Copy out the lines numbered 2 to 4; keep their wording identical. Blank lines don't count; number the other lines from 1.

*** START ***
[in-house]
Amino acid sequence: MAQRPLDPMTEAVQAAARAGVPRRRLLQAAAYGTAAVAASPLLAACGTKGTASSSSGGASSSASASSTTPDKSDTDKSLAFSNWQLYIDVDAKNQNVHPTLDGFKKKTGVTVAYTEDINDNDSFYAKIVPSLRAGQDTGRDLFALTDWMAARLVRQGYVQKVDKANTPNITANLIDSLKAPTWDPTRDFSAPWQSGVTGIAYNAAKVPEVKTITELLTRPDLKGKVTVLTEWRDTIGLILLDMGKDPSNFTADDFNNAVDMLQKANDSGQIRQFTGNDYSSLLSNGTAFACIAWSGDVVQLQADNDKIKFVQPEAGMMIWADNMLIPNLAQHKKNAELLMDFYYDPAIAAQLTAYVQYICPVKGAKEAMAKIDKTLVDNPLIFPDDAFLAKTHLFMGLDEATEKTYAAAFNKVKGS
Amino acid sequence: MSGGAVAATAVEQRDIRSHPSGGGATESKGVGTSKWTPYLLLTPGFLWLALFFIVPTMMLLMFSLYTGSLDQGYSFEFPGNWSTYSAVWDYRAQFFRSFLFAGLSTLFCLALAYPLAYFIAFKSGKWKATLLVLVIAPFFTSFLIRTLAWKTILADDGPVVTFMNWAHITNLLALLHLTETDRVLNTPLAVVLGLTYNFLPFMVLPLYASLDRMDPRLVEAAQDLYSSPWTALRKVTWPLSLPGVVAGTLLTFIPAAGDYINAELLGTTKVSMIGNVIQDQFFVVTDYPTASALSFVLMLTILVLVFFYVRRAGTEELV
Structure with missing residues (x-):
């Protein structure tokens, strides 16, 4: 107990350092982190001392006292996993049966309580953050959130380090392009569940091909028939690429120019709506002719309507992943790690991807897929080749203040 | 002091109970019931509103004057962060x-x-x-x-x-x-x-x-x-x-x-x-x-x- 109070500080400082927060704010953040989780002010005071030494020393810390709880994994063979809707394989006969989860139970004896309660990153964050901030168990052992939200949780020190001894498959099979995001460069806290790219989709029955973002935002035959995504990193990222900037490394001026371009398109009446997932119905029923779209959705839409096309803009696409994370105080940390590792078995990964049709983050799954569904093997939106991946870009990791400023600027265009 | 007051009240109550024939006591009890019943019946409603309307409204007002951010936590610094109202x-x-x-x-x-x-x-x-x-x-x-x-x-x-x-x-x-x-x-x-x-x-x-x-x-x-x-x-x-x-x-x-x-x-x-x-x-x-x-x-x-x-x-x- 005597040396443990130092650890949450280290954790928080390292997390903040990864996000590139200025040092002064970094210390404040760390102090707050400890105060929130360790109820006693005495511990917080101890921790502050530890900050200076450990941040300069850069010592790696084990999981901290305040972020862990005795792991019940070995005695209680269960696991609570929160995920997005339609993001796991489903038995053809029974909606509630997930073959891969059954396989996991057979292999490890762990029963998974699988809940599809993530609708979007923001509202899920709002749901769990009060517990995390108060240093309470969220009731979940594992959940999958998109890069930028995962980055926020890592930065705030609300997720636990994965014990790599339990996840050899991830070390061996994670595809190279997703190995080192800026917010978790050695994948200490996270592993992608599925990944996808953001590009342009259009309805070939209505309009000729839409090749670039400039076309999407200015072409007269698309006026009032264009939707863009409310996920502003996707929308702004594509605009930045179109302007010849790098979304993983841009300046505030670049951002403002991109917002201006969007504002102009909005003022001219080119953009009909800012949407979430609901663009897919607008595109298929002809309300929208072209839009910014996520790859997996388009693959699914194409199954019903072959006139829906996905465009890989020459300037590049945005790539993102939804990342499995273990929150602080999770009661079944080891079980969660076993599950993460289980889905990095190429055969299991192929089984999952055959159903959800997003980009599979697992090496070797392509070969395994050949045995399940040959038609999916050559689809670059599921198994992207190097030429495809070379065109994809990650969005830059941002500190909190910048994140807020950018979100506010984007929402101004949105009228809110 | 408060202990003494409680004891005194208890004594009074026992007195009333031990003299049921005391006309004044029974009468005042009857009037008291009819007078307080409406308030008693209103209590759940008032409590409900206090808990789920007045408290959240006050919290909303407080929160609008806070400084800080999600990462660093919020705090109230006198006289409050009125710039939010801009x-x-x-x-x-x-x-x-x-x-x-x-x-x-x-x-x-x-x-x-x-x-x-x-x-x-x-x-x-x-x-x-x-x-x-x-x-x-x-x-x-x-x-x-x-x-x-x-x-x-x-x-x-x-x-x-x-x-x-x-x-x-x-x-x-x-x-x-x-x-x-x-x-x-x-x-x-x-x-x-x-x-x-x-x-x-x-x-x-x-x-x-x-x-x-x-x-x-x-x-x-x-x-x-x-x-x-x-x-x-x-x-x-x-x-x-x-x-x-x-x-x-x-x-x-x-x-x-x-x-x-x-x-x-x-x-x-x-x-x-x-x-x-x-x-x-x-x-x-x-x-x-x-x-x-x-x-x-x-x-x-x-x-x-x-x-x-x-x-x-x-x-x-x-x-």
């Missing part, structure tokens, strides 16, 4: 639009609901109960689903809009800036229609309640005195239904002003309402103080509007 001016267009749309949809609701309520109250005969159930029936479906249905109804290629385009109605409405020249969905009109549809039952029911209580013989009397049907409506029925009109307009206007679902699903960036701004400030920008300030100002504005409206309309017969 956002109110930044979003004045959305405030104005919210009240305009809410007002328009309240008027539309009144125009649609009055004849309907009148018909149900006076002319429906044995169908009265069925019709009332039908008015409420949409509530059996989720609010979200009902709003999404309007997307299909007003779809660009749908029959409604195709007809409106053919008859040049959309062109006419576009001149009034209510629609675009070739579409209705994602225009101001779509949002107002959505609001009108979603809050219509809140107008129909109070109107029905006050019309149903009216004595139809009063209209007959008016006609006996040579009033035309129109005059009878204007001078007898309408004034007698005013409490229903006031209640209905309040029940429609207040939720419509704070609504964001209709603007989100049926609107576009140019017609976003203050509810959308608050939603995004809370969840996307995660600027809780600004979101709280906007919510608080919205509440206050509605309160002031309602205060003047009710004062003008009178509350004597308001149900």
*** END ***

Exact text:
Amino acid sequence: MAQRPLDPMTEAVQAAARAGVPRRRLLQAAAYGTAAVAASPLLAACGTKGTASSSSGGASSSASASSTTPDKSDTDKSLAFSNWQLYIDVDAKNQNVHPTLDGFKKKTGVTVAYTEDINDNDSFYAKIVPSLRAGQDTGRDLFALTDWMAARLVRQGYVQKVDKANTPNITANLIDSLKAPTWDPTRDFSAPWQSGVTGIAYNAAKVPEVKTITELLTRPDLKGKVTVLTEWRDTIGLILLDMGKDPSNFTADDFNNAVDMLQKANDSGQIRQFTGNDYSSLLSNGTAFACIAWSGDVVQLQADNDKIKFVQPEAGMMIWADNMLIPNLAQHKKNAELLMDFYYDPAIAAQLTAYVQYICPVKGAKEAMAKIDKTLVDNPLIFPDDAFLAKTHLFMGLDEATEKTYAAAFNKVKGS
Amino acid sequence: MSGGAVAATAVEQRDIRSHPSGGGATESKGVGTSKWTPYLLLTPGFLWLALFFIVPTMMLLMFSLYTGSLDQGYSFEFPGNWSTYSAVWDYRAQFFRSFLFAGLSTLFCLALAYPLAYFIAFKSGKWKATLLVLVIAPFFTSFLIRTLAWKTILADDGPVVTFMNWAHITNLLALLHLTETDRVLNTPLAVVLGLTYNFLPFMVLPLYASLDRMDPRLVEAAQDLYSSPWTALRKVTWPLSLPGVVAGTLLTFIPAAGDYINAELLGTTKVSMIGNVIQDQFFVVTDYPTASALSFVLMLTILVLVFFYVRRAGTEELV
Structure with missing residues (x-):